Farm Ireland

Monday 25 March 2019

Mary Kinston: How to make the most of this spring's grass 'rocket fuel'

Some farmers are fearful about how to manage what seems an exceptionally high grass cover.
Some farmers are fearful about how to manage what seems an exceptionally high grass cover.
Aoife Connolly, Sligo, Ian Atkinson, Carlow, Sarah Farrell, Kildare, Liam Kinane, Tipperary and Alex Nocton, Dublin at the UCD agriculture, food science and human nutrition careers day 2019. Picture: Patrick Browne

Mary Kinston

The busy spring workload has kicked in with cows calving left, right, and centre. This requires the daily sorting out of colostrum cows, fresh heifers, and treatments to finally create an ever growing mob of milker's. Some mornings seem to take an age to get finished.

However, setting up the herd right from the start using the California Mastitis Test (CMT) can pay dividends later on in SCC and production.

In comparison, the evening milking is so much easier as for a number of years we have opted to milk the reds and colostrum cows only once a day.

Judging by the discussion groups, spring seems to have started with no real health problems, but farmers are fearful about how to manage what seems an exceptionally high grass cover.

In general, average farm covers are between 800-1400kg DM/ha, which are exceptional opening covers.

Farmers' fears are mainly based on the challenge of meeting the 30pc grazed target by March 1.

I understand this fear, as this is territory rarely seen, but personally I don't see it as such a big issue.

The 30pc target by March 1 is based on the Spring Rotation Planner (SRP), which targets the next 30pc to be grazed by mid-March and the remainder by the first week of April.

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This first 30pc is important because it provides the grass for the first week to 10 days required to start the second rotation. It stimulates grass growth from a grazed residual which is often better than a deferred pasture, and it establishes a low residual to set the season up for grass quality.

However, this 30pc grazed is not the primary objective of the SRP.

The SRP is a rationing tool for a prolonged period of where grass growth is always exceeded by cow demand.

So it's essential that we must not forget the cow in this. To be good at our system of high margin milk solids from low-cost pasture-based farming, one must carefully manage the balance between the grass and the cow.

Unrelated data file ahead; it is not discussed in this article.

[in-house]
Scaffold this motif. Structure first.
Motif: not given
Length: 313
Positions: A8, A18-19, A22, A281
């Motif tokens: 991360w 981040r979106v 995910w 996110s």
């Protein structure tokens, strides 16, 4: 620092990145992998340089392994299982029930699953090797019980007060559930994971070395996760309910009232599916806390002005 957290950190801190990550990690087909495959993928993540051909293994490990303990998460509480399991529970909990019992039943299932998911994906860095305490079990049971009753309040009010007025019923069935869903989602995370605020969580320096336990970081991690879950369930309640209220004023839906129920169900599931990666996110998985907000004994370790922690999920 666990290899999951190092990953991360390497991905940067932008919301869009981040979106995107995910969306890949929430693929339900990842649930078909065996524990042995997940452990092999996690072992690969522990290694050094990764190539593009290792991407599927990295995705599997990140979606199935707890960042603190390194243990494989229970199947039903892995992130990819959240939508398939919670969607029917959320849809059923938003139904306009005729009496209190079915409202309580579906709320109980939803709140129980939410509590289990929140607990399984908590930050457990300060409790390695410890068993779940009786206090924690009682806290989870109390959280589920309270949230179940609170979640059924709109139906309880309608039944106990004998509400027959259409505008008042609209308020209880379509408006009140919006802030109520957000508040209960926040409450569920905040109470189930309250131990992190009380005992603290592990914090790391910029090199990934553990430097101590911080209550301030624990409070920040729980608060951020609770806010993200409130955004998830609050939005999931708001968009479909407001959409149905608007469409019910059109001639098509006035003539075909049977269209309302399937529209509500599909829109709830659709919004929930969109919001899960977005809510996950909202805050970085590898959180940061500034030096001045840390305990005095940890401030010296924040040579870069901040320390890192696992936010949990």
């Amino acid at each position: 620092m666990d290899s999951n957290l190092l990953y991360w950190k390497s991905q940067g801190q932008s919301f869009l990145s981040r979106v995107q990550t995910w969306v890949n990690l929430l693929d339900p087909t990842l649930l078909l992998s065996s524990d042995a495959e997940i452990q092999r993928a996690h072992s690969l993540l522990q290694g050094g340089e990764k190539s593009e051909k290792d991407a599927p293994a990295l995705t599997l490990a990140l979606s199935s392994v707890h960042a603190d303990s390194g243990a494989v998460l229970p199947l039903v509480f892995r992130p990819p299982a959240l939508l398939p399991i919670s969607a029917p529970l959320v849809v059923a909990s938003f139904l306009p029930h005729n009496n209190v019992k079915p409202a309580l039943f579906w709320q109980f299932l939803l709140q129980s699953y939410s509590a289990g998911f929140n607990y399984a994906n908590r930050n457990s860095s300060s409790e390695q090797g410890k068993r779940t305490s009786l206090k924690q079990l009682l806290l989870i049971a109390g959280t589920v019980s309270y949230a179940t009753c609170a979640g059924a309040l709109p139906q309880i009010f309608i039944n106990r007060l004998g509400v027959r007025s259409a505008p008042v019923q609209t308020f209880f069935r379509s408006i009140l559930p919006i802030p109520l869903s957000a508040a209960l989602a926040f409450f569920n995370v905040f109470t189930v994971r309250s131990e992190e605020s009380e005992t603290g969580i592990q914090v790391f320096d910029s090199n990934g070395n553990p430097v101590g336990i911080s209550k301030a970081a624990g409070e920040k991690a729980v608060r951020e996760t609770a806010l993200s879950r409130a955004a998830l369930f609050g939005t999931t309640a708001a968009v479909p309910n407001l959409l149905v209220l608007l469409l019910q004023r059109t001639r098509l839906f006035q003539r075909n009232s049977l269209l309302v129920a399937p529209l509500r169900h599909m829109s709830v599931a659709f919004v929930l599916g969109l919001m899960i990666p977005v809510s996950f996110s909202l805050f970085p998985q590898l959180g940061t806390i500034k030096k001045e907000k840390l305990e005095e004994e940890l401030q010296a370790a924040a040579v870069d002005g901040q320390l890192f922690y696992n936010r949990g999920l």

Grazed grass is an excellent feed for the calved cow once settled into milking.

If fed from the start of lactation, it promotes increasing milk yields of high butterfat and protein levels.

This rising plane of nutrition also promotes the return to oestrus.

We all know what happens at any stage when silage is reintroduced.

Diet quality is significantly reduced and the milk quality crashes, irrespective of how much meal we put in front of these ladies.

So the main priority for the SRP is to keep an ever increasing amounts of pasture in the diet.

This is also the same reasoning as to why the SRP should be used in conjunction with knowing your average farm cover and grass growth rates.

The SRP should be adjusted where necessary when grass growth is slow or grass covers are diminishing quicker than expected.

In these circumstances, it is always important to use slightly longer rotations which makes the grass last longer.

However, in a year awash with grass, this poses a great opportunity to maximise grass intakes to milking cows and reduce the feeding of concentrates.

It's certainly the break we need after having fed so much in 2018. I'm rather baffled why some of this grass is being fed to dry cows, when it's rocket fuel for milkers.

Wet ground

I know the intention is to graze the 30pc, but a small extension of one to three days in April prior to the second rotation will recover the grass growth you may have missed from a grazed sward.

Believe me, farming wet ground makes you wait patiently in spring until ground conditions are worth the degree of damage that's tolerable.

Every time, whether grazing commences on the February 1 or 20 or March 1 or 20, we have managed to graze off the available cover not required to make cuts for silage.

It just means opening the cows up and feeding them more swiftly.

Now I admit I get anxious if cows aren't grazing by March 17, but it's happened and we've still got the grass off. The cows' capacity to graze in spring is notable and ever increasing and we must harness this capacity. I realise that in the era of quotas, there were serious risks of wasting grass.

But if your stocking rate reaches three cows/ha this spring and you monitor pasture regularly and set out to use it by getting cows to pasture, you can leave the silage for the dry cows instead of going from boom to bust on available grass supply.

Mary Kinston is a discussion group facilitator and consultant, and farms with her husband in County Kerry

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